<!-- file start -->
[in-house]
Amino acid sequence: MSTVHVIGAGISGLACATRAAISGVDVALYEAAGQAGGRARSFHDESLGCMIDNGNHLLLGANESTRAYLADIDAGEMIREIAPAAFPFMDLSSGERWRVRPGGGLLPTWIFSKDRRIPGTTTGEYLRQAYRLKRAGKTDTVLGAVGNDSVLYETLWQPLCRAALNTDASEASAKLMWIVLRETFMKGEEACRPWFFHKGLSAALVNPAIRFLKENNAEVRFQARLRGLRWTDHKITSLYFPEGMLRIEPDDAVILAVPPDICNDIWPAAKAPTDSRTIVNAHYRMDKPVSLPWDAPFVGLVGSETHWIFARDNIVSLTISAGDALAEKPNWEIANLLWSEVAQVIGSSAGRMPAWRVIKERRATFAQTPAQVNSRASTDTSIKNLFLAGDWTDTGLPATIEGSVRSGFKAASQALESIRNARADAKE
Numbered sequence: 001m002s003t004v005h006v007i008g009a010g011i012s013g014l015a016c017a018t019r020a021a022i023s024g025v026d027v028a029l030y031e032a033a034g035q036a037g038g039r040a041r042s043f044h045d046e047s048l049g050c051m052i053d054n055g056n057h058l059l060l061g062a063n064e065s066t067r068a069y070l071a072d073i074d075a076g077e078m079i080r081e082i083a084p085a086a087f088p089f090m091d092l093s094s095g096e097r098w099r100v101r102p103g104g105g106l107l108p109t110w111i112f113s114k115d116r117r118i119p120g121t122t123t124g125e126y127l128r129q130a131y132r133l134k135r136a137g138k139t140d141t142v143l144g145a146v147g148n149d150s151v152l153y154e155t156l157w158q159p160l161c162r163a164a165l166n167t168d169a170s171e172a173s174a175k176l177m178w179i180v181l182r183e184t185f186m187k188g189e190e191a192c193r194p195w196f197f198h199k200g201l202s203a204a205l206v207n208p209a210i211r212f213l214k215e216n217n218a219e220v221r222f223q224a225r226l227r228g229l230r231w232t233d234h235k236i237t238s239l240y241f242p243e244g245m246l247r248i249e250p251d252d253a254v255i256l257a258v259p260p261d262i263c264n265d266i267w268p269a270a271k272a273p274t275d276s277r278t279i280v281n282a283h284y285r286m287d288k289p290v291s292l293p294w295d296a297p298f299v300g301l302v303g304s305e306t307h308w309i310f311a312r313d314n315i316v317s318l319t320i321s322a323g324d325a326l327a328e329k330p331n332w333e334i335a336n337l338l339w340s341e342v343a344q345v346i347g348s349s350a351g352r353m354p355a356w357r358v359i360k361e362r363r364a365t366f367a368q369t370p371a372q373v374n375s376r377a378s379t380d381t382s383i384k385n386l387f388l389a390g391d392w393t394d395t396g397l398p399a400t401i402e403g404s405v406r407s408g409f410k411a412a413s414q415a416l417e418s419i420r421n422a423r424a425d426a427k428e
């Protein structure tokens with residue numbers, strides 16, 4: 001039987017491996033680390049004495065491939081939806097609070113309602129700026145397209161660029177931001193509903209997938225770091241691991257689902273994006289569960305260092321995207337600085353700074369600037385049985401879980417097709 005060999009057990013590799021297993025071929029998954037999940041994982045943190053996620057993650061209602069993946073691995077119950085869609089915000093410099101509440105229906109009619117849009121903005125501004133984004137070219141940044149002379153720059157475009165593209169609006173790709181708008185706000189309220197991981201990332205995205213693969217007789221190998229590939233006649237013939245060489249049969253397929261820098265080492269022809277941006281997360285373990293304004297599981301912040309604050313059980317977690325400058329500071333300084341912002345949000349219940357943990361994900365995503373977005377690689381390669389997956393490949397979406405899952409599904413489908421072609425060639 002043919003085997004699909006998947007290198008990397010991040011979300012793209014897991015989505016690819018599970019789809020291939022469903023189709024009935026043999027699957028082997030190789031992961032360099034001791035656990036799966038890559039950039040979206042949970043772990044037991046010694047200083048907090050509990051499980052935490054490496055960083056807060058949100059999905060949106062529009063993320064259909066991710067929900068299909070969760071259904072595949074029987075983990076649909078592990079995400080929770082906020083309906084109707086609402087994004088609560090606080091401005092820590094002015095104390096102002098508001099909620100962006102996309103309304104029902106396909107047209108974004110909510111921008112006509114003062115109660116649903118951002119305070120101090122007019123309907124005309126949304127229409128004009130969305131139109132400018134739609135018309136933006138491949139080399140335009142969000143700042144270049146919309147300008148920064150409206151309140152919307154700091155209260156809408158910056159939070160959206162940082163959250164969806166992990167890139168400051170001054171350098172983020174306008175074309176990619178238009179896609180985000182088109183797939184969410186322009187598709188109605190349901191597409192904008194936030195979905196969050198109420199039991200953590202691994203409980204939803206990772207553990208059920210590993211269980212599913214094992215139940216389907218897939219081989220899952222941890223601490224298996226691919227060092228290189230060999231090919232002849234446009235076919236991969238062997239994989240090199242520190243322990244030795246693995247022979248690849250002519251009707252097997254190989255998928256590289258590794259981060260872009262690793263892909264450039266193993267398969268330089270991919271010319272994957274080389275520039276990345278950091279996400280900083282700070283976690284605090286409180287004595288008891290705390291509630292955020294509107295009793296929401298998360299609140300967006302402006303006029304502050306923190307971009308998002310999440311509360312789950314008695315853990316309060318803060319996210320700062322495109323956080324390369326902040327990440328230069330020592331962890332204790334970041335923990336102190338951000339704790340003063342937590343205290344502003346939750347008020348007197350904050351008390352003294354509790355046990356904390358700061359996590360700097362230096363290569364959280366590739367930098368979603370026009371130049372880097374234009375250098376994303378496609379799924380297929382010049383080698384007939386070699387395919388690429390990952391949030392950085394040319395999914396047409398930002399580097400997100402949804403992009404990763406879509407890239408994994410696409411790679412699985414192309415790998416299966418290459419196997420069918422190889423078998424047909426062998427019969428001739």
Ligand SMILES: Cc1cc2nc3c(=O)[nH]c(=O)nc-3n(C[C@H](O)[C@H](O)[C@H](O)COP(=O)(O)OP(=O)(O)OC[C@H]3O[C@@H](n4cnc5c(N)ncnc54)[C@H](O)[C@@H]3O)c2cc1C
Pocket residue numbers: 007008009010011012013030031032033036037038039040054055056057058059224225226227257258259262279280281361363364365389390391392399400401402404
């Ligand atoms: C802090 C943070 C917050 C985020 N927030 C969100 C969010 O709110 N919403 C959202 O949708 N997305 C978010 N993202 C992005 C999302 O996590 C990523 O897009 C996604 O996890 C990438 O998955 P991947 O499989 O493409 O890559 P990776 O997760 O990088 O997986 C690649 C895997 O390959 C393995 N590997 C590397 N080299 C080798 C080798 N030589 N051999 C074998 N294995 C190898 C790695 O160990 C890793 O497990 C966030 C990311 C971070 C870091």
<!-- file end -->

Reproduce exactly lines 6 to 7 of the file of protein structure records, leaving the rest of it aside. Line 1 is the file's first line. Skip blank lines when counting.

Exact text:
Pocket residue numbers: 007008009010011012013030031032033036037038039040054055056057058059224225226227257258259262279280281361363364365389390391392399400401402404
């Ligand atoms: C802090 C943070 C917050 C985020 N927030 C969100 C969010 O709110 N919403 C959202 O949708 N997305 C978010 N993202 C992005 C999302 O996590 C990523 O897009 C996604 O996890 C990438 O998955 P991947 O499989 O493409 O890559 P990776 O997760 O990088 O997986 C690649 C895997 O390959 C393995 N590997 C590397 N080299 C080798 C080798 N030589 N051999 C074998 N294995 C190898 C790695 O160990 C890793 O497990 C966030 C990311 C971070 C870091």